Deep Learning in SOC Estimation for li-ion batteries: History
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As one of the critical state parameters of the battery management system, the state of charge (SOC) of lithium batteries can provide an essential reference for battery safety management, charge/discharge control, and the energy management of electric vehicles (EVs).  The SOC estimation of a Li-ion battery in the deep learning method uses deep learning theory of computer science to build a model that builds the approximate relationship between input data (voltage, current, temperature, power, capacity, etc.) and output data (SOC) by available data. According to different neural network structures, it can be classified as a single, hybrid, or trans structure. 

  • electric vehicles
  • review
  • SOC estimation
  • deep learning

1. Single Structure

The single structure uses only a deep learning structure to estimate SOC; in this chapter, it includes a multi-layer perceptron (MLP) type, convolutional type, and recurrent type.

1.1. MLP Type—DNN

Multi-layer perceptron, also known as an artificial neural network, is derived from a Deep Neural Network (DNN) after the arithmetic power is improved and the training parameters are increased; its advantage is that it does not limit the dimensionality of the input, it is highly adaptable to the data, and theoretically, a 3-layer perceptron can fit any function nonlinearly, but the disadvantage is easy over-fitting [54] when the network has massive parameters. Figure 4 shows the structure of a deep neural network with four hidden layers, each containing eight neurons.
Figure 4. Deep neural network with four hidden layers.
Ephrem et al. [55] used the DNN to train a model for SOC estimation and tested the Panasonic 18650 lithium battery under different temperatures and driving cycles [49], among which seven fully discharged datasets were selected as training datasets, “US06” and “HWFET” were the validation datasets, the test set was the data set under the changing temperature of 10–25 °C, the inputs were current, voltage, average voltage, and average current, and it was verified separately at each temperature. After the test set test and compared with four other methods, the lowest RMS error obtained was 0.78%. SHRIVASTAVA et al. [56] tested the Panasonic 18650 lithium battery, using “DST, FUDS, US06” as the training dataset and validation dataset and “WLTP” as the test set; the inputs were voltage, current, and temperature. The model was compared with the SVR (Supper Vector Regression) method, and the RMS when using the DNN method was significantly smaller than the SVR. HOW et al. [57] used the INR lithium battery dataset from the CALCE dataset [46] to train the lithium battery SOC model, with “DST” as the training dataset, and “FUDS, BJDST, and US06” as the test dataset, with current, temperature, and voltage as inputs. After training, the model was tested in the “DST” test dataset and compared with five methods, and the RMS was 3.68%. Kashkooli et al. [58] tested eight commercial 15 Ah lithium battery cells cycled at various constant rates of charge/discharge and conducted tests at the one-mouth interval for a period of 10 mouths; the measurement data were divided randomly into three groups in which 70% was used for training, 15% for cross-validation, and 15% for testing; the test performance based on MSE using DNN was 0.0247%.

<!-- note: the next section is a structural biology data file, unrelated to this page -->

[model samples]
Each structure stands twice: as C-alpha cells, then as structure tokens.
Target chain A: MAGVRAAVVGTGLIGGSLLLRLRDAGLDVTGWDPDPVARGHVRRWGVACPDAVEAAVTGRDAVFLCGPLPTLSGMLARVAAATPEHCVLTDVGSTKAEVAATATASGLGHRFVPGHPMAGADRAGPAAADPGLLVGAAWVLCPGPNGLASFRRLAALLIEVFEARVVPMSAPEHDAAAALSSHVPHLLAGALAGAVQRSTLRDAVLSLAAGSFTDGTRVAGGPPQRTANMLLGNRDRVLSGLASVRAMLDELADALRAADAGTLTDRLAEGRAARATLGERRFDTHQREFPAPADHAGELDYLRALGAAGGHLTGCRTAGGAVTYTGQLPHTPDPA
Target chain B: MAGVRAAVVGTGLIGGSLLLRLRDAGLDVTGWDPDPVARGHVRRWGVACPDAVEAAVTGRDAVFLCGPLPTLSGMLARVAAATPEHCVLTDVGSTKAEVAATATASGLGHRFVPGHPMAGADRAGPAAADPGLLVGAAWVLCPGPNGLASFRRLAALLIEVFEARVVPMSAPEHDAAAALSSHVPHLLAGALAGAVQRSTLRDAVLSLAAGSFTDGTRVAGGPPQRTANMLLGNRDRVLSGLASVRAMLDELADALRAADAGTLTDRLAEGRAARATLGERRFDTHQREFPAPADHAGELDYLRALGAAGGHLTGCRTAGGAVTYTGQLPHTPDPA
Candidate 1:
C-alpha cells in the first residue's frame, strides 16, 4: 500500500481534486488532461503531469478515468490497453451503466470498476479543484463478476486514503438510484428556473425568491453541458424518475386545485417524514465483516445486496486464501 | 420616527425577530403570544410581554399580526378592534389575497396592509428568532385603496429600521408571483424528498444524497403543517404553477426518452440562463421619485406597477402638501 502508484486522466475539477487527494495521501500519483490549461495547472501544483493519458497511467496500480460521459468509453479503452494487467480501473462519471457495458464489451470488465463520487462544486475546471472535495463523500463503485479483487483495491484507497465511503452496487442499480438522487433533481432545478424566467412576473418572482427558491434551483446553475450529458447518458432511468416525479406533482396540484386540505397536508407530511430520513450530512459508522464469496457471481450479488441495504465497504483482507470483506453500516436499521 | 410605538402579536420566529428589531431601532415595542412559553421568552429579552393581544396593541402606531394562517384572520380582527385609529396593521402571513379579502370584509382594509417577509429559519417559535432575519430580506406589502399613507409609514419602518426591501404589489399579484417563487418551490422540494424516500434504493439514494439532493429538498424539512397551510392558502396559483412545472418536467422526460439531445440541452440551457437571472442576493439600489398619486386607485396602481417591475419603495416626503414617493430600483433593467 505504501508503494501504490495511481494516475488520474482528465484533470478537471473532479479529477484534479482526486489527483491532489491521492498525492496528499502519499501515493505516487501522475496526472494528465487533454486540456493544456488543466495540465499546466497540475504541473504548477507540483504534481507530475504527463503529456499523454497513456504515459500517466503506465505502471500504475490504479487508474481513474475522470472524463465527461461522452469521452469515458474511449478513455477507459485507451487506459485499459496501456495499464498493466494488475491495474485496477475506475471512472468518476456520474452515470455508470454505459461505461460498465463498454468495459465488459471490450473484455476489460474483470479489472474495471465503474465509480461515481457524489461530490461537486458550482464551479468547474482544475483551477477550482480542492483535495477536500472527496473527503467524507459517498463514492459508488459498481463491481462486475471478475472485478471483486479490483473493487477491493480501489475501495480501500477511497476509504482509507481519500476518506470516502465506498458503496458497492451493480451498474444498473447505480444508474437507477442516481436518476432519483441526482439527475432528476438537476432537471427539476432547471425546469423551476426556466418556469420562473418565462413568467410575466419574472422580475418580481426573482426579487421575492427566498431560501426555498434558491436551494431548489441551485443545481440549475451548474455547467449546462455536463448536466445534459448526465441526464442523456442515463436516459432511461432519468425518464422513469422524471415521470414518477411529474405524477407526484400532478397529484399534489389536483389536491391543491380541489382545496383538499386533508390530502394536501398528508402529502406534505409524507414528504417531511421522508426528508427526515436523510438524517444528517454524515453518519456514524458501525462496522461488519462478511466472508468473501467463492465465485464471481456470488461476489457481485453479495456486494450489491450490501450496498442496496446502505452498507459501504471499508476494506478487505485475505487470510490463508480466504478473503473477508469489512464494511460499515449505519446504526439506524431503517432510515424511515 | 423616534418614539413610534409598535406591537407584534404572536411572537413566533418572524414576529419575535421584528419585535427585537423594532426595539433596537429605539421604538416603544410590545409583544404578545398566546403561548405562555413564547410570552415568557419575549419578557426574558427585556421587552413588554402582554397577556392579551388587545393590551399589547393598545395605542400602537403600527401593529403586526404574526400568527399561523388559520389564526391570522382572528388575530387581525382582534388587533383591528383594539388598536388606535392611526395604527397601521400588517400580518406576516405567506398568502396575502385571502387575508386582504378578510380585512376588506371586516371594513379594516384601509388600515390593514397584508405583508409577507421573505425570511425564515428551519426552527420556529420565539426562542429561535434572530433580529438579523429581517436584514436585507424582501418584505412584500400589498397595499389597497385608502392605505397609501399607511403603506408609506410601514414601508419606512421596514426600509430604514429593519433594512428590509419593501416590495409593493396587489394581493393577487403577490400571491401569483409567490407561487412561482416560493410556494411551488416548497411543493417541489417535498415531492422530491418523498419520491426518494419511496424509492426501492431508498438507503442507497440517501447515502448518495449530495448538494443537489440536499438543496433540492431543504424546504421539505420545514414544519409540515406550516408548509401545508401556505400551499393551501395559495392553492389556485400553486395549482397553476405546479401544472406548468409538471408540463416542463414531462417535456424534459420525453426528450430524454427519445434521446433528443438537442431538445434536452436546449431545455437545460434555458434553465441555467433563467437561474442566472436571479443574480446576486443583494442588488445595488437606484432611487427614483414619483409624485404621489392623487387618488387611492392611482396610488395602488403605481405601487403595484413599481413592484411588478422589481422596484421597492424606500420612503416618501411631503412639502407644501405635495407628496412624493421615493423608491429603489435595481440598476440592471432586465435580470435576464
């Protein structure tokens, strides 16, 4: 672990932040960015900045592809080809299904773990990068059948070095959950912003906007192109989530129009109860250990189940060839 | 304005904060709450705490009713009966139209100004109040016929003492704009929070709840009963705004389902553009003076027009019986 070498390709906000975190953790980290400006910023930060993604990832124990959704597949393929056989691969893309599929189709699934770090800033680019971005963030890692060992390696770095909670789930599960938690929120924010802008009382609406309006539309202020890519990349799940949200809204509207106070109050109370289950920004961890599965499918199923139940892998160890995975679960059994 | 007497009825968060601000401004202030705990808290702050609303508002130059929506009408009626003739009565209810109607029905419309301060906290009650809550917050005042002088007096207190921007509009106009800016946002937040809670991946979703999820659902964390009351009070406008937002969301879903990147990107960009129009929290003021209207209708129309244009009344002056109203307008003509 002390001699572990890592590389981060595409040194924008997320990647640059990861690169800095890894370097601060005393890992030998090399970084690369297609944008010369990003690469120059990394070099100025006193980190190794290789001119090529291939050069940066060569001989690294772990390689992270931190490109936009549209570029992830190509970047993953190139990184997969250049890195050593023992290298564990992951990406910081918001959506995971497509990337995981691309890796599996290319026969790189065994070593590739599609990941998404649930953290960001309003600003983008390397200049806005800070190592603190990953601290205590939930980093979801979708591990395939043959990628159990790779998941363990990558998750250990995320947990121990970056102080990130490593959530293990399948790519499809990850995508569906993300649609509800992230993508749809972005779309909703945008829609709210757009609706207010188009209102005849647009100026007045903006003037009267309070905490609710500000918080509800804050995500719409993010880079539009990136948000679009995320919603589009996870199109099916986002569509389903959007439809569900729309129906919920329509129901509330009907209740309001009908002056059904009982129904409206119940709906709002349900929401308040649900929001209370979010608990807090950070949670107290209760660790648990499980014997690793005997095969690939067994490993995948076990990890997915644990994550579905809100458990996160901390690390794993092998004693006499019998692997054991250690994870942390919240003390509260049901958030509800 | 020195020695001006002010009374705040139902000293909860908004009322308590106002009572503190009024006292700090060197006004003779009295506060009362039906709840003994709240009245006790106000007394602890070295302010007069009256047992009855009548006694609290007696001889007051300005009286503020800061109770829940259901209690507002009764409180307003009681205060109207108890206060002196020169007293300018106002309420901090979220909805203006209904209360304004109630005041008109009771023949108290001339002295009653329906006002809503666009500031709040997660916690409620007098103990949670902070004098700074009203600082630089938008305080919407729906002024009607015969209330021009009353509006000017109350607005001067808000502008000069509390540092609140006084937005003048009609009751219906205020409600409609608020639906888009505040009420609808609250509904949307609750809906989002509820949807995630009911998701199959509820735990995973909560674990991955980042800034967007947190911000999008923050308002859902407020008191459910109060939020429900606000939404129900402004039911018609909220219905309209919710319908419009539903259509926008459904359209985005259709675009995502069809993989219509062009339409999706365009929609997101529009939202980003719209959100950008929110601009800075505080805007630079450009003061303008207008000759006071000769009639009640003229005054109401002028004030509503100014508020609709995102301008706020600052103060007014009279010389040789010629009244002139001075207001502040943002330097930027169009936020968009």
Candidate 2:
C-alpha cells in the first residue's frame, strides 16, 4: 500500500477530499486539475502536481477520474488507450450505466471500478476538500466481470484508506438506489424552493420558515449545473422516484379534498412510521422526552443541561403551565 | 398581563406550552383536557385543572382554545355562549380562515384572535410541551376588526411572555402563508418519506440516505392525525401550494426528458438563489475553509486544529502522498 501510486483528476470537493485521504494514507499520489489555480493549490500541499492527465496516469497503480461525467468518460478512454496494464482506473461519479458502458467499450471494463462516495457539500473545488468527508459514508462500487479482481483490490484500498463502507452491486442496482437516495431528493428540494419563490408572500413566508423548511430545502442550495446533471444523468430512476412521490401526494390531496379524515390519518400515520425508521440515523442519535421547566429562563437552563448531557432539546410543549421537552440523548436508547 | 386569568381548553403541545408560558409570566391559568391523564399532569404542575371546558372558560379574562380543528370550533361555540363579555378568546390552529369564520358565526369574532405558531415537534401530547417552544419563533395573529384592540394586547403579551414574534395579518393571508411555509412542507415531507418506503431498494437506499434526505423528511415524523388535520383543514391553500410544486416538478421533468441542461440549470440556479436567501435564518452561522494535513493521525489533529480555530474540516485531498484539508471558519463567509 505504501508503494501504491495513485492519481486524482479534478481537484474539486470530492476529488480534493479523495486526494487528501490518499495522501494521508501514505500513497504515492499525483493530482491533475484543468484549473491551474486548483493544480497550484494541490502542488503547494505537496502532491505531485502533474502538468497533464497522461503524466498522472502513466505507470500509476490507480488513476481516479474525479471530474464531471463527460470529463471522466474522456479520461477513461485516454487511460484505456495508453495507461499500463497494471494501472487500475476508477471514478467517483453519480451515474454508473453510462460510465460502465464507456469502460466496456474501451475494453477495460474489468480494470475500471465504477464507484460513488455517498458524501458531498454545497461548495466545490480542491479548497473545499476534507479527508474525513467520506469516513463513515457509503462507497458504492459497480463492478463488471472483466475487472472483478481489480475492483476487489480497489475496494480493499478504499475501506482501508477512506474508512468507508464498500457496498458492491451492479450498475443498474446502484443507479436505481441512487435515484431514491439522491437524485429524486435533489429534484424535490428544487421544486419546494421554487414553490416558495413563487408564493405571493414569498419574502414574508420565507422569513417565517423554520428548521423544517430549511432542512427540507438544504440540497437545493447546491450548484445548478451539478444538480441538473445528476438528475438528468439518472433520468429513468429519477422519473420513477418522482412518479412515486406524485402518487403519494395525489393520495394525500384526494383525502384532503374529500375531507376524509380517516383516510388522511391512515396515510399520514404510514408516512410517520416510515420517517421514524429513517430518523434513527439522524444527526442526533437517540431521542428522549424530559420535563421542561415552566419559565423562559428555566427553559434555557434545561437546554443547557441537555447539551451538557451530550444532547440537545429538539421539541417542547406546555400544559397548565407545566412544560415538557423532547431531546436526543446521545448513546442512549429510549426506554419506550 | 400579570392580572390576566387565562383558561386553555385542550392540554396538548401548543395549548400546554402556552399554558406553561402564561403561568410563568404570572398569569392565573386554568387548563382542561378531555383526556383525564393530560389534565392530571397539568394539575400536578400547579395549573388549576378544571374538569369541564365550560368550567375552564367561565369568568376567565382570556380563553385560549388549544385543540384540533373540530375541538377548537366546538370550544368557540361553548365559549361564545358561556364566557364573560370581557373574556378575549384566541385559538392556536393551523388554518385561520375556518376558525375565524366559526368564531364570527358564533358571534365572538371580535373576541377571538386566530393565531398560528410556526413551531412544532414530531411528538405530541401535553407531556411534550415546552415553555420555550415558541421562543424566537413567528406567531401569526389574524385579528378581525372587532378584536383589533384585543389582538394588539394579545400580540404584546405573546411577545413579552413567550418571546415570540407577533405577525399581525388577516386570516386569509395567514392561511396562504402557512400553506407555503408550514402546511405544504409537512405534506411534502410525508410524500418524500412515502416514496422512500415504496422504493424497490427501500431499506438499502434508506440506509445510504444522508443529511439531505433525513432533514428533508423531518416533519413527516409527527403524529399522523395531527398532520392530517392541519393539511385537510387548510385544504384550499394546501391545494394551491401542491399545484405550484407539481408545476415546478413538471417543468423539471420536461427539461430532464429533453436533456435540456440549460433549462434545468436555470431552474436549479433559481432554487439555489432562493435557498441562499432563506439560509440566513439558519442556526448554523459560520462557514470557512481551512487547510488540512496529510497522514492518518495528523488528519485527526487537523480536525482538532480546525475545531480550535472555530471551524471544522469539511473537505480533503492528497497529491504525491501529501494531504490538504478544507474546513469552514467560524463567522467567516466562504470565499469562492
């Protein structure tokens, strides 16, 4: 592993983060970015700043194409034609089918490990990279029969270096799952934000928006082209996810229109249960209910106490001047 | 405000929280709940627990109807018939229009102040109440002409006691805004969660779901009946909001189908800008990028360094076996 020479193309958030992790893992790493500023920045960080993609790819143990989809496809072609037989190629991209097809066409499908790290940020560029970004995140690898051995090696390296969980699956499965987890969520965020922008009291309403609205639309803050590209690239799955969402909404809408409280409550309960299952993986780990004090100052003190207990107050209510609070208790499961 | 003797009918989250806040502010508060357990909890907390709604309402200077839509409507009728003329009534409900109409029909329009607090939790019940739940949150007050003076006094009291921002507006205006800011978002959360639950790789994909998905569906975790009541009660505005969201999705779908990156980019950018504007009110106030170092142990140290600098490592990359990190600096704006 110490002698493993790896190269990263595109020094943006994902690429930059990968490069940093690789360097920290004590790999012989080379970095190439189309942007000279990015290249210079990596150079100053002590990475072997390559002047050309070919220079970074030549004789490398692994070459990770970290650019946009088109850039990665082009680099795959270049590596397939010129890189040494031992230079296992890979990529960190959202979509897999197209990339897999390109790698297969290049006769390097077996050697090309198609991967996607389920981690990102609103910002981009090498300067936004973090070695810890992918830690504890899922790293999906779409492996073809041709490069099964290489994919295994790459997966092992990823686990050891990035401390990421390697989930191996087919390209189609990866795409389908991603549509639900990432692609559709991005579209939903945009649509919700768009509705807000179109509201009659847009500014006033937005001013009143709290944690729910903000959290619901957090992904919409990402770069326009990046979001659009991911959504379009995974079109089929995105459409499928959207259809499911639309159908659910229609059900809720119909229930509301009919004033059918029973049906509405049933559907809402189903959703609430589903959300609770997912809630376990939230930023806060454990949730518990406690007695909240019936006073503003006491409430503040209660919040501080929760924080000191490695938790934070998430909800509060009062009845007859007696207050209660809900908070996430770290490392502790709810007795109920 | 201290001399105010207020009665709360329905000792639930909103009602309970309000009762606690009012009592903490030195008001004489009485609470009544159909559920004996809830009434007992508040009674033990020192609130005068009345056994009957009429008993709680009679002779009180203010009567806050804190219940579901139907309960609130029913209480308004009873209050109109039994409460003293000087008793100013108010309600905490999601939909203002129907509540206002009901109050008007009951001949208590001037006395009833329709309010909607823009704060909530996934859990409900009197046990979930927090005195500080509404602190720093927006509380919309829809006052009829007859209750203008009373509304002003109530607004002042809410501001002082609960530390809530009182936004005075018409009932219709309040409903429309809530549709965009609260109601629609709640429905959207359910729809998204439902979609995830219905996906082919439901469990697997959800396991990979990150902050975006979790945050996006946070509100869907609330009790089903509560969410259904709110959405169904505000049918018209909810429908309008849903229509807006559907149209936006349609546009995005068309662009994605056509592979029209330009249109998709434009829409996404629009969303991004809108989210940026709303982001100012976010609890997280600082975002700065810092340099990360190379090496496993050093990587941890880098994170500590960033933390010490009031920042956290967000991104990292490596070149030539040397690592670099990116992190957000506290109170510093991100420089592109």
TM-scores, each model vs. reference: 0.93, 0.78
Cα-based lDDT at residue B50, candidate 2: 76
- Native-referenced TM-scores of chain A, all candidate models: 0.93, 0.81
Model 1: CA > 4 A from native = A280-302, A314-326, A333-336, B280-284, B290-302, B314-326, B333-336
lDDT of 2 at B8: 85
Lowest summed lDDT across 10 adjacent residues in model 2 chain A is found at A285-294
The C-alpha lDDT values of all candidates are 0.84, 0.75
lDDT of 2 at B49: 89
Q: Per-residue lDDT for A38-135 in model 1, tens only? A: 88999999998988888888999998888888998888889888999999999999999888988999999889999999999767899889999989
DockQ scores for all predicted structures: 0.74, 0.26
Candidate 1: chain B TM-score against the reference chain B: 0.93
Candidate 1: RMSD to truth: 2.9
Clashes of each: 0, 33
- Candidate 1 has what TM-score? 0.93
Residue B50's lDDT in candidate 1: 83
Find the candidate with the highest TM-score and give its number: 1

1.2. Convolutional Type—TCN

Convolutional type neural networks in the SOC estimation applications of Li-ion batteries are mainly variants of convolution neural networks (CNNs [59]) in time series data, which are one-dimensional convolutional neural networks [60] (1D-CNNs) and temporal convolution networks [61] (TCNs). The primary benefit of a one-dimensional convolutional neural network is that it can extract and categorize one-dimensional signal data while using less computer capacity. It has been frequently employed in real-time monitoring tasks such as defect prediction and categorization in recent years. The SOC estimation of a Li-ion battery is a regression problem, but models in 1D-CNNs are not as accurate in terms of regression prediction problems as in classification problems, so they are typically employed as a feature extraction layer in conjunction with other networks. The main benefits of time-domain convolutional networks are the expansion of the feature extraction range by increasing the perceptual field by expanding the causal convolution and the mitigation of the gradient explosion problem by residual connection [62], which allows for the training of models with more parameters and higher accuracy. The schematic diagram of the convolutional neural network is shown in Figure 5.
Figure 5. Convolutional Type: (a) 1D-CNN schematic; (b) Dilated causal convolution and residual connection in TCN.
HANNAN et al. [63] constructed a multi-layer time-domain convolutional layer with feedforward direction and optimized the learning rate using an optimization algorithm, using “Cycle 1–Cycle 4, Cycle NN, UDDS, LA92” from the dataset [49] as the training set and “US06, HWFT” as the test set; the MSE of the test was 0.85% when compared with that of the four models.

1.3. Recurrent Type—LSTM